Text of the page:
If you are using VLC Media Player, open the player and click on "file>open" and in the form load your movie file. Underneath that is a box that says "Use subtitles". Check that box and a new form will become available. Load your subtitle file and click on "Advanced". You need to load the language, as VLC will automatically play it using Latin letters. If it is Russian, you need to fool around with the different options (MacCyrillic, Ukrainian, and a bunch of numbers. I find ISP1250 to work best). Click "OK" and your film will automatically start.
If you are using Windows Media Player you need to fool around with the actual file first, although not too much. Simply ensure that the subtitle file has the exact same name as the movie file, but ends in ".srt". It is very important that the subtitle file and movie file are in the same folder. Open the movie file in WMP and the subtitles will play automatically.
At this point, regardless of which player you are using, you need to first check to make sure that the timing of the subtitles is in synch with the movie. If it is too slow or too fast, it will only get worse as the movie plays. The frame rates are accumalitive, so if a subtitle is playing 5 seconds too fast at the beginning, after two hours it will be playing 125 seconds too fast by the end, making for very confusing watching. You need to change this.
I did a simple search on google and found Subtitle Workshop 4.0. It's very easy to use, is a small file and, best of all, it's free!
Open Subtitle Workshop 4.0 and click on "file>load new" and find your wayward subtitle file. The program can only read Latin letters so if you have a subtitle file with a different alphabet, such as Cyrillic in my case, it will show only a bunch of non-sensical characters. That's okay. We don't care what's written there, we only care about when it will appear.
After you've loaded the subtitles, go to "Movie>load movie" and add your movie file. Now it's important to have either a piece of paper and a writing utensil or NoteNote open, because you'll need to record the start and end times of the where you want the subtitles to be.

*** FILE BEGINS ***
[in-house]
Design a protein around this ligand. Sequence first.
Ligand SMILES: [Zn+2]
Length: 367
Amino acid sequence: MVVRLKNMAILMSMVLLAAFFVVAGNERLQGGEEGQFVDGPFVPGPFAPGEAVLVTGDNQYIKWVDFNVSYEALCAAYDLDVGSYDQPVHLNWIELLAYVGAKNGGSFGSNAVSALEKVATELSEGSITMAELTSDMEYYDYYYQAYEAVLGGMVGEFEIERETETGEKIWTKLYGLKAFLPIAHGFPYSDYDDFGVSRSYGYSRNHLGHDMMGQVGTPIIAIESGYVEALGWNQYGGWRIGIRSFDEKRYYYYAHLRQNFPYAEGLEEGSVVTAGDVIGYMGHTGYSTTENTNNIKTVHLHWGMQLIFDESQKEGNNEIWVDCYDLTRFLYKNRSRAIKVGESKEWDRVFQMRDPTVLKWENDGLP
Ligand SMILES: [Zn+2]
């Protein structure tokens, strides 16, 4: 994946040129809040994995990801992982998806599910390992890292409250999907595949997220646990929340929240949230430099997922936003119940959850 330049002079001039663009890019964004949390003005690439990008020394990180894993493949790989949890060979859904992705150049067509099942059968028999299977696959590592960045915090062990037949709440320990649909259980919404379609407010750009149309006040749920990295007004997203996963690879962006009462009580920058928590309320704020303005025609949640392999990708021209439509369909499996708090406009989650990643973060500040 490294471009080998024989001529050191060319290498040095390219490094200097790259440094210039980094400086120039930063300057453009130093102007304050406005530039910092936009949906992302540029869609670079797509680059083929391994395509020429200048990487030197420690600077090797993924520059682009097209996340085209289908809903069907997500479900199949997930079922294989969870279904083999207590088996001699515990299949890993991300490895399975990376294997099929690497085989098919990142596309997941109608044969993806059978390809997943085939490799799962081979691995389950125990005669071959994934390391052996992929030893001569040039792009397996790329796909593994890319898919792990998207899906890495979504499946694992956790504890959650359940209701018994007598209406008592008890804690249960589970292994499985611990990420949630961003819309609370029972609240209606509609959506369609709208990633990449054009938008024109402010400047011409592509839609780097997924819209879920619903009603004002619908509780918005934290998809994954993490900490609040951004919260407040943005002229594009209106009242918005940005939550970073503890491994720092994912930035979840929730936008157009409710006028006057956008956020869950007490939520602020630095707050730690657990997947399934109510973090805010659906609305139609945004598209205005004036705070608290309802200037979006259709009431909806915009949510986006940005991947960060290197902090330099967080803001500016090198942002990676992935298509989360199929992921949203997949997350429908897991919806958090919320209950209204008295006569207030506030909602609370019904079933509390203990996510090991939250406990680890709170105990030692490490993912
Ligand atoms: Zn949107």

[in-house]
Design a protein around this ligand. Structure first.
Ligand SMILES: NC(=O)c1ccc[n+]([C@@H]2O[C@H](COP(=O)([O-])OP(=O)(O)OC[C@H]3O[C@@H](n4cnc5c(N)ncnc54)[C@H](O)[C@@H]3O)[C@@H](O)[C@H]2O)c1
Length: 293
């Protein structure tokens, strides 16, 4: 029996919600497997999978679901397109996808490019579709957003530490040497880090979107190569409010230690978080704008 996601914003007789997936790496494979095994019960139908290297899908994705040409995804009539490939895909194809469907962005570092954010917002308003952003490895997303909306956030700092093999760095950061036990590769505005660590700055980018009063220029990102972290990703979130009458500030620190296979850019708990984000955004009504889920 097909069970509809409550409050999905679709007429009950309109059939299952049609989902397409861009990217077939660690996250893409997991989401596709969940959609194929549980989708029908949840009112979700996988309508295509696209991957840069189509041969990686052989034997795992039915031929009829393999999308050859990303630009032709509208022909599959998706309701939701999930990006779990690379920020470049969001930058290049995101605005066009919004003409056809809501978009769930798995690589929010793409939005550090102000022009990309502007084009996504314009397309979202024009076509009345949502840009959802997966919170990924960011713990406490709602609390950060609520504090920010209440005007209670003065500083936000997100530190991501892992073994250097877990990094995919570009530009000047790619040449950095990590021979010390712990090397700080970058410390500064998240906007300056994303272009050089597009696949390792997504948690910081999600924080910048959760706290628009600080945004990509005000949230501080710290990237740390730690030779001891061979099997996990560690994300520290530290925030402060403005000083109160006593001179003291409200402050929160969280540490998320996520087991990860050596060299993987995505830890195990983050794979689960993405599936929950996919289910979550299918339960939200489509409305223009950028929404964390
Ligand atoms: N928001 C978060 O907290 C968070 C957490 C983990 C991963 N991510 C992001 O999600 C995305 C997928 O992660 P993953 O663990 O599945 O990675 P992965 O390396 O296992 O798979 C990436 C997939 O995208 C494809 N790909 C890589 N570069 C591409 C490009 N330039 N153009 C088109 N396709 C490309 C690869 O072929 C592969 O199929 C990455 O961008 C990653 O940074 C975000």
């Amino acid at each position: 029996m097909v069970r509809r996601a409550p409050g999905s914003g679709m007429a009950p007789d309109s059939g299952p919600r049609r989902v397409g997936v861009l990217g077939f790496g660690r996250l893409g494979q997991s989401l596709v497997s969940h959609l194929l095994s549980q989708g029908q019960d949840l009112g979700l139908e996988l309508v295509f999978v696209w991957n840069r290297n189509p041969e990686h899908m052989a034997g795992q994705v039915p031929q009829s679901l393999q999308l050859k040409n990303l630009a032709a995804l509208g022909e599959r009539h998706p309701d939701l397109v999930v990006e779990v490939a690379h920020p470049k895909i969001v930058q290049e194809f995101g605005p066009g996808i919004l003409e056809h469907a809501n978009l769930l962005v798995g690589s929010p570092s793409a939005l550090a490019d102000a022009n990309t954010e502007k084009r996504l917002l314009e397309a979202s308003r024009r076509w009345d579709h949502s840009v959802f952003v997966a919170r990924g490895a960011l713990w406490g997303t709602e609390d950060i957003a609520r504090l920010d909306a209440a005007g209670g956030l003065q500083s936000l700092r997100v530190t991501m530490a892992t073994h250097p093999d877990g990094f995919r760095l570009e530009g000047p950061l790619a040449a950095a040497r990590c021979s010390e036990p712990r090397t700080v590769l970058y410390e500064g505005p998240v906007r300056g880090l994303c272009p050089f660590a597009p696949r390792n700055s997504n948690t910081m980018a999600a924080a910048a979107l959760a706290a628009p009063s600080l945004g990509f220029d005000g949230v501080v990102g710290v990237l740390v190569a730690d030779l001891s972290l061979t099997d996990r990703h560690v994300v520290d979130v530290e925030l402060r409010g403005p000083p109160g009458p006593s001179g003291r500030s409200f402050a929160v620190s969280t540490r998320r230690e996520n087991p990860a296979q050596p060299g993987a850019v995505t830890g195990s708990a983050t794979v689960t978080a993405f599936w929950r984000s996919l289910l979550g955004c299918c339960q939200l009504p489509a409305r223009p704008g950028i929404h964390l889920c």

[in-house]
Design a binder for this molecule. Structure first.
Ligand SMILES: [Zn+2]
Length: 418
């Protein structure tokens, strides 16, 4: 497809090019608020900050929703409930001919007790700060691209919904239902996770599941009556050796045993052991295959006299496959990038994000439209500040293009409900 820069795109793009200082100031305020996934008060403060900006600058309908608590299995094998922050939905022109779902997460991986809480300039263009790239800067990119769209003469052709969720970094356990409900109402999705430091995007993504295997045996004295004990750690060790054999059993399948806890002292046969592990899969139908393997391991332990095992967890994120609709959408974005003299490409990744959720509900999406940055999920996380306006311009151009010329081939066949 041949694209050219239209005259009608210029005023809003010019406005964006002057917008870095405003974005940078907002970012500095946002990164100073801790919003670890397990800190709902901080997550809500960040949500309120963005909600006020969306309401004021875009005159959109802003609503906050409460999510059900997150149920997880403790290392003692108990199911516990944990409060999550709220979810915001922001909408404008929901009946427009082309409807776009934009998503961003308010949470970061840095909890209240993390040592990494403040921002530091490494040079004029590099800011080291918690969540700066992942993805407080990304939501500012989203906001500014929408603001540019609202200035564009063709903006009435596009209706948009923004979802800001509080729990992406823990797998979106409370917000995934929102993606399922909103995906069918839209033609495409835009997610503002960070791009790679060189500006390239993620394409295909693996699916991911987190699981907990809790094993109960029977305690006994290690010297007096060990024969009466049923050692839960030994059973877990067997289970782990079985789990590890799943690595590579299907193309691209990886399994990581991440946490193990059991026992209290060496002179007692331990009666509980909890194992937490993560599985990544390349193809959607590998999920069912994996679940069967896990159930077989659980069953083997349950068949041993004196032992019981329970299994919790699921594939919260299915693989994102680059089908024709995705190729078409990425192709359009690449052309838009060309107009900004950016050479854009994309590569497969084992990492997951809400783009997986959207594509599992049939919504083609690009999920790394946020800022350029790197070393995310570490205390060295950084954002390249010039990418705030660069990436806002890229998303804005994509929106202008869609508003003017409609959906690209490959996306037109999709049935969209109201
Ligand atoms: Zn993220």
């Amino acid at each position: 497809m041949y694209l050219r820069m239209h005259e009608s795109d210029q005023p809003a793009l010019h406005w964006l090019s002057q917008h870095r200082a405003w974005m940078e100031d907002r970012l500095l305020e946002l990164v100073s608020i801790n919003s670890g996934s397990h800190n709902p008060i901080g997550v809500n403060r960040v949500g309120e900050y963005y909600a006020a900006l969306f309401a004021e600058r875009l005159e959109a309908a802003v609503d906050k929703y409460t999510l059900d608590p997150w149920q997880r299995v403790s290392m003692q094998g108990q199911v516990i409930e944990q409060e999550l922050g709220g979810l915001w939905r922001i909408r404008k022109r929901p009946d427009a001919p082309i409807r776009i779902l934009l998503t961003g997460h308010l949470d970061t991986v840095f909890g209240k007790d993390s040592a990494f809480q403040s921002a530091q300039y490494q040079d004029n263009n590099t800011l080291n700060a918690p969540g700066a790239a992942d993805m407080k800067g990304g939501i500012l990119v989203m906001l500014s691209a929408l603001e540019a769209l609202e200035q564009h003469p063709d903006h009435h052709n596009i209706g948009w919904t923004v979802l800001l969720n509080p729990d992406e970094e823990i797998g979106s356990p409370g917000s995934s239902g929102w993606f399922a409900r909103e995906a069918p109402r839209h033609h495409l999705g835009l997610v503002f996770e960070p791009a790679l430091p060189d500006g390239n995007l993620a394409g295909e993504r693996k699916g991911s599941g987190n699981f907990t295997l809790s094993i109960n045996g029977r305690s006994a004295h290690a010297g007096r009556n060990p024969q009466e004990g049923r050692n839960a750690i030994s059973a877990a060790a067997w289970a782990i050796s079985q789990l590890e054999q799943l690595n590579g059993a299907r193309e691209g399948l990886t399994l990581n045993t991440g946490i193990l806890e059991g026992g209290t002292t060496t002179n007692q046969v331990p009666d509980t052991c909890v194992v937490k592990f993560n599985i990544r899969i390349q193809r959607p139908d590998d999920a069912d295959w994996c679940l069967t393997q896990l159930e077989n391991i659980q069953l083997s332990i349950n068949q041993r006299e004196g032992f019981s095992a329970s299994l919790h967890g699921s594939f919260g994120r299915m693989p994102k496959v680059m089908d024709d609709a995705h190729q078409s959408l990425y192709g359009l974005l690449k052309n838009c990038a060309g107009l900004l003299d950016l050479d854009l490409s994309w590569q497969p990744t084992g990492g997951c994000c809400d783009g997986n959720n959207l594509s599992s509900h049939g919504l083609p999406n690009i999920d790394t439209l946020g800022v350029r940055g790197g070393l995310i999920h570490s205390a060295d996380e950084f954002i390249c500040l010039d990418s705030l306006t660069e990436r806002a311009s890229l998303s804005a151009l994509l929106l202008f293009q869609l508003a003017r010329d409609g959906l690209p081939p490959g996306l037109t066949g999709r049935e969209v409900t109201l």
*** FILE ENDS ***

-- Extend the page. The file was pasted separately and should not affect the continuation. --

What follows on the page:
In Workshop, watch your film and see where the first subtitle should appear. Some subtitles appear for every written word on the screen (actors names, etc) while others only start with the first spoken word. Almost all show the name of the film. You'll need to figure that out on your own.
When you've decided where the first subtitle should appear, write down the time (under the movie on the left). Now skip to the end of the film and figure out where the last subtitle should appear and write down that time.
Go to "Edit>Timings>Adjust>Adjust Subtitles" and enter your new first and last times. It will automatically adjust all the subtitles to these new parameters.
Because you're probably smarter than me, you'll figure out to save the newly-adjusted subtitles at this point, and not try to load it in the film without saving it and expecting it to magically work. Like I did. The first four times. I called the wrath of the gods down upon my computer before I realized I hadn't saved the file.
Once I did that, however, it worked like magic, and after a long flight and 8 time zones and reverse-reverse culture shock, my wife and I were comfortably giggling away to Adam Sandler in the Wedding Singer, with her enjoying the perfectly synched subtitles and me enjoying hearing the actors voices. My next project? Toy Story 3.